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Helping feed thy neighbor
Feb. 20, 2023 6:00 am
There are 40 million people in our country living in poverty. Those who study mealtime in America concluded: “One in seven working families, do not have sufficient money to meet household needs.” Those needs start with food. In addition to working families, there are those who cannot work.
About a quarter of those needing food help are the most vulnerable, those under 18 or over 65.
Some of them live under bridges, some hidden away in inadequate housing. They are almost always underfed.
Some people take the Biblical injunction to feed the hungry seriously. Free Lunch in Iowa City has been at it for 40 years. Their guiding principle is simple and clear: “An open door, a full plate, no questions asked.”
Currently Free Lunch offers a really good meal to about 125 people, sometimes a few more, six days a week. They do it on donations. (Make one. It feels good) and with volunteers.
Every couple of months I volunteer for a few hours at Free Lunch. My special and newly learned skill is slicing radishes, carrots, and cauliflower. Sometimes I get to wash lettuce and tear it into bite-size pieces. Other volunteers cook, bake, serve, and clean. A good share of the vegetables come free from local grocery chains just before first signs of wilt, and still are tasty and nutritious. Produce from farmers markets also find its way to the tables. On a recent day, the menu included roasted chicken fresh out of the oven, beans, salad, bread, among other things, including a simple dessert.
The volunteers usually belong to some group, but others are just caring individuals happy to help others eat. My group of about a dozen comes as members of the Johnson County Democratic Party, but others come through their church or some social association.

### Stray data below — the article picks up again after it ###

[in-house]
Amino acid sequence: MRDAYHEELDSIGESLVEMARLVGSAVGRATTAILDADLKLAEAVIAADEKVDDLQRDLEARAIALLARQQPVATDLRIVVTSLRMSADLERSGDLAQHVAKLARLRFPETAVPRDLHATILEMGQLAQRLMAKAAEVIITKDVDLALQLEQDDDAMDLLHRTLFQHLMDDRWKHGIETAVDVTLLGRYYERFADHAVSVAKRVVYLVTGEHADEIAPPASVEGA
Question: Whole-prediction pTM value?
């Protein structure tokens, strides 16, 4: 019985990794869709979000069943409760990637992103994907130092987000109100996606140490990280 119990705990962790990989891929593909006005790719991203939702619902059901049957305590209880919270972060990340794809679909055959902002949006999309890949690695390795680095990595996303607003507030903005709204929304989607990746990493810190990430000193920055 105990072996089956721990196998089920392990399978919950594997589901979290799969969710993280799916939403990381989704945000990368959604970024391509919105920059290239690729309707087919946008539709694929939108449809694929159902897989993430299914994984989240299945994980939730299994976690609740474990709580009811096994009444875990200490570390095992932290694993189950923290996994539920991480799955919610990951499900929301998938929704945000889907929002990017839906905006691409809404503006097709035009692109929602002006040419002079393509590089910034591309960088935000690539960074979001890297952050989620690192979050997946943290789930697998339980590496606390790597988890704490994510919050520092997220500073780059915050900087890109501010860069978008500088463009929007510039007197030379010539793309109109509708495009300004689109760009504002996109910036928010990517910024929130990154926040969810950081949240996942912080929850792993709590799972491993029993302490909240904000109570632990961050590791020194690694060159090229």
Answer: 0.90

Free Lunch exists because hungry people do as well. Most of us just don’t know anyone with an empty larder. Almost 10 percent of our U.S. population live in poverty and most are working poor. It’s tough to pay for the rent, transportation to work, a new pair of old jeans for a growing teenager. You don’t ever buy a Dairy Queen.
If the recipients are working, why are they so poor? A minimum wage job in Iowa pays $7.25 an hour, about $1,300 a month. Rent for a plain to decrepit two-bedroom apartment may rent for $600 a month, possibly more. You can’t walk to work ordinarily, and gas for an old-car costs over $3 a gallon. Food on any day is sparse. By the end of the month, there may be so little that Free Lunch is a banquet made in heaven.
You can see those who are overweight, but hunger is invisible. Some who need a meal exist, but do not thrive in every county. In the city, they may mow your lawn or wash your new car.
Simply, there are thousands of our fellow Iowans who are underfed and often hungry. It is obviously not an easy problem to solve. No quick fix from the Legislature will do it. Free Lunch is a model, not a solution. The hungry will be with us, but a small, steady local effort like Free Lunch’s gives hope as well as calories to people in need.
Norman Sherman of Coralville has worked extensively in politics, including as Vice President Hubert Humphrey’s press secretary.
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